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Roger Olson: Reinhold Niebuhr and Stanley Hauerwas: Can Their Approaches to Christian Political Ethics be Bridged?

Do not repay anyone evil for evil. Be careful to do what is right in the eyes of everyone. If it is possible, as far as it depends on you, live at peace with everyone. Do not take revenge, my dear friends, but leave room for God’s wrath, for it is written: “It is mine to avenge; I will repay,” says the Lord. On the contrary:
“If your enemy is hungry, feed him; if he is thirsty, give him something to drink. In doing this, you will heap burning coals on his head.”

Do not be overcome by evil, but overcome evil with good.

Let everyone be subject to the governing authorities, for there is no authority except that which God has established. The authorities that exist have been established by God. Consequently, whoever rebels against the authority is rebelling against what God has instituted, and those who do so will bring judgment on themselves … For the one in authority is God’s servant for your good. But if you do wrong, be afraid, for rulers do not bear the sword for no reason. They are God’s servants, agents of wrath to bring punishment on the wrongdoer. Therefore, it is necessary to submit to the authorities, not only because of possible punishment but also as a matter of conscience (Romans 12:17-13:2, 13:4-5).

Ultimately, though Olson is a great teacher and wonderful blogger, his quest to bridge the Niebuhr – Hauerwas divide is futile. It is an attempt to connect a theology that incorporates the fullness of Scripture and understands the present tragic dilemmas that man must live with, with a system that seems Christian but is ultimately unbiblical.

Reviewed by William L. De Arteaga



[1] Reinhold Niebuhr, Moral Man and Immoral Society: A Study of Ethics and Politics, (New York: Charles Scribner’s Sons, 1932). It is still in print, but also available online as a free PDF download. [Preview]

[2] Hauerwas has written many books, but a quick way to understand his theology it is by accessing an anthology of his works, The Hauerwas Reader, editors John Berkman and Michael Cartwright (Durham: Duke University Press, 2001). His single most important work on Christian pacifism and non-violence is Resident Aliens: Life in the Christian Colony (Nashville: Abingdon, 1989).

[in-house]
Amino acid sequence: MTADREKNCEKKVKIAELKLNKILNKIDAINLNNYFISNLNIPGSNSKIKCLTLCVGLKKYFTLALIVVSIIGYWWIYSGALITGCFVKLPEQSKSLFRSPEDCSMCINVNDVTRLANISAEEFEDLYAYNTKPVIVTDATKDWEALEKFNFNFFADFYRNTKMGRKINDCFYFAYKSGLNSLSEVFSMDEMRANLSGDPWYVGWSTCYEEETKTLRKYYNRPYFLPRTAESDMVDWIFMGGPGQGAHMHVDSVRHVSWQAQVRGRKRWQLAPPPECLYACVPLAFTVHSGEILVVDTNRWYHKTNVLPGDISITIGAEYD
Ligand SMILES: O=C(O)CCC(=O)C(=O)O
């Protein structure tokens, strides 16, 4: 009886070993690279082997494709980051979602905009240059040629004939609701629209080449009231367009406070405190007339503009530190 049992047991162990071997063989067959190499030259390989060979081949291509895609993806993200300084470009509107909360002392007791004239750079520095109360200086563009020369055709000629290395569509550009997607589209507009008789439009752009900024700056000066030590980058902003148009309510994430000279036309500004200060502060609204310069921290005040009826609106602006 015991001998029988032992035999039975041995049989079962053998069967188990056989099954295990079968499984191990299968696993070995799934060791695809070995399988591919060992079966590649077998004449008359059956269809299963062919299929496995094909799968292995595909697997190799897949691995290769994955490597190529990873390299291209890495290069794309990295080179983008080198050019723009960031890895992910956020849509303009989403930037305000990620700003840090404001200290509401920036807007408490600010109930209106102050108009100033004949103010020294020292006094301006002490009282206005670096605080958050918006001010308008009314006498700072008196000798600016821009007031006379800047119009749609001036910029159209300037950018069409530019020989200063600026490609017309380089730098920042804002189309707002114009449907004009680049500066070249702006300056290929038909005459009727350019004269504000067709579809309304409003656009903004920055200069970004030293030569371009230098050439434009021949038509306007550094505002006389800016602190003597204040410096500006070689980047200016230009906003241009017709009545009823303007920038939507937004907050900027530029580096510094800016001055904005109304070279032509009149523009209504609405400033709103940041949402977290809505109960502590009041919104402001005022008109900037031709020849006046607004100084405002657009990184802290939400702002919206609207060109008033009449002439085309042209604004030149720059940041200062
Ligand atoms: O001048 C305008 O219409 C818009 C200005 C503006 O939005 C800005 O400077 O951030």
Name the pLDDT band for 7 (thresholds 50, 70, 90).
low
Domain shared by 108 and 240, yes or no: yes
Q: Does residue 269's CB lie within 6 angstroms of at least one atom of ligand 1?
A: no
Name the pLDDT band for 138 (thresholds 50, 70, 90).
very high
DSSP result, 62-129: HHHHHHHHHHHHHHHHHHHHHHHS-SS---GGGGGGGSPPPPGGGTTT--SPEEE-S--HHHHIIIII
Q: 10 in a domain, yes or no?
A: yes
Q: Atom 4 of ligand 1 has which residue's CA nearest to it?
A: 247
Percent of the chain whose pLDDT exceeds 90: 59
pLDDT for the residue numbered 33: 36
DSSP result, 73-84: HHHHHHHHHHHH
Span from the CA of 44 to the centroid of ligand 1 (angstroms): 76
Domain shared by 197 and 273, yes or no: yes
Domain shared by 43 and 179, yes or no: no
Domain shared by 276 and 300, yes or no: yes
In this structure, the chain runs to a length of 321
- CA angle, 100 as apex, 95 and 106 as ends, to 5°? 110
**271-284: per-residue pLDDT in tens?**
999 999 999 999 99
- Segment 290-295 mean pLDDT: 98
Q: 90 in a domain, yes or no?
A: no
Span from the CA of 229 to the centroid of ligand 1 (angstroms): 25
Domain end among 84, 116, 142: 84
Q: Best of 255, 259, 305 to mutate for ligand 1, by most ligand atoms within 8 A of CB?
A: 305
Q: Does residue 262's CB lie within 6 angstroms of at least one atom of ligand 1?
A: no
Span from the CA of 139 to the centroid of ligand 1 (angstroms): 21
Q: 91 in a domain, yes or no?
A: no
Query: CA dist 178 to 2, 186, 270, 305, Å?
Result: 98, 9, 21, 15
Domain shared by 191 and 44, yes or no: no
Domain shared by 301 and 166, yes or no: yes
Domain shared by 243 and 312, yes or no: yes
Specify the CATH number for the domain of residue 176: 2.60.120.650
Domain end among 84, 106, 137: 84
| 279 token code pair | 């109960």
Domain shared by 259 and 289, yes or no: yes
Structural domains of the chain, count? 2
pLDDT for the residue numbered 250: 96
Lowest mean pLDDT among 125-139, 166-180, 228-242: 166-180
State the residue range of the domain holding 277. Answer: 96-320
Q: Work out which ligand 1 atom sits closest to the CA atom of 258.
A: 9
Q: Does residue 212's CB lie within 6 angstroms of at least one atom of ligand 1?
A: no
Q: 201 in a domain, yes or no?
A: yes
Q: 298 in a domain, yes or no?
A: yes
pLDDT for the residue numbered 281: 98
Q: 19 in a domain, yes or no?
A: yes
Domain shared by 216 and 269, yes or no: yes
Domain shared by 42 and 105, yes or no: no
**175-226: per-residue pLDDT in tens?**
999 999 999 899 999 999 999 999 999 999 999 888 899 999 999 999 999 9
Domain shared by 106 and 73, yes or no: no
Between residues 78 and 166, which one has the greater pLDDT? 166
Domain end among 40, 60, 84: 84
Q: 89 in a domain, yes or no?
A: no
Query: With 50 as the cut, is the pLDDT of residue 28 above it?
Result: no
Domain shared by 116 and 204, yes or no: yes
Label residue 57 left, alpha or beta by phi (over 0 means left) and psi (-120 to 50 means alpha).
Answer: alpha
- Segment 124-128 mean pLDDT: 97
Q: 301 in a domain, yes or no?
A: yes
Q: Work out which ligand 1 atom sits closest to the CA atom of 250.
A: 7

[3] Contemporary scholarly example: Barrie Wilson, How Jesus Became Christian (NY: St. Martin’s Press, 2008).

[4] Scot McKnight “Jesus vs. Paul” Christianity Today. Posted Dec 3, 2010.

[5] For a brilliant and readily accessible explanation of these difficult issues, see the recent article in First Things by James R. Rogers “Death Penalties and the Divine” Posted, March 28, 2017.


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Category: Living the Faith, Spring 2017

About the Author: William L. De Arteaga, Ph.D., is known internationally as a Christian historian and expert on revivals and the rebirth and renewal of the Christian healing movement. His major works include Quenching the Spirit: Discover the Real Spirit Behind the Charismatic Controversy (Creation House, 1992, 1996), Forgotten Power: The Significance of the Lord’s Supper in Revival (Zondervan, 2002), Agnes Sanford and Her Companions: The Assault on Cessationism and the Coming of the Charismatic Renewal (Wipf & Stock, 2015), and The Public Prayer Station: Taking Healing Prayer to the Streets and Evangelizing the Nones (Emeth Press, 2018). Bill pastored two Hispanic Anglican congregations in the Marietta, Georgia area, and is semi-retired. He continues in his healing, teaching and writing ministry and is the state chaplain of the Order of St. Luke, encouraging the ministry of healing in all Christian denominations. Facebook

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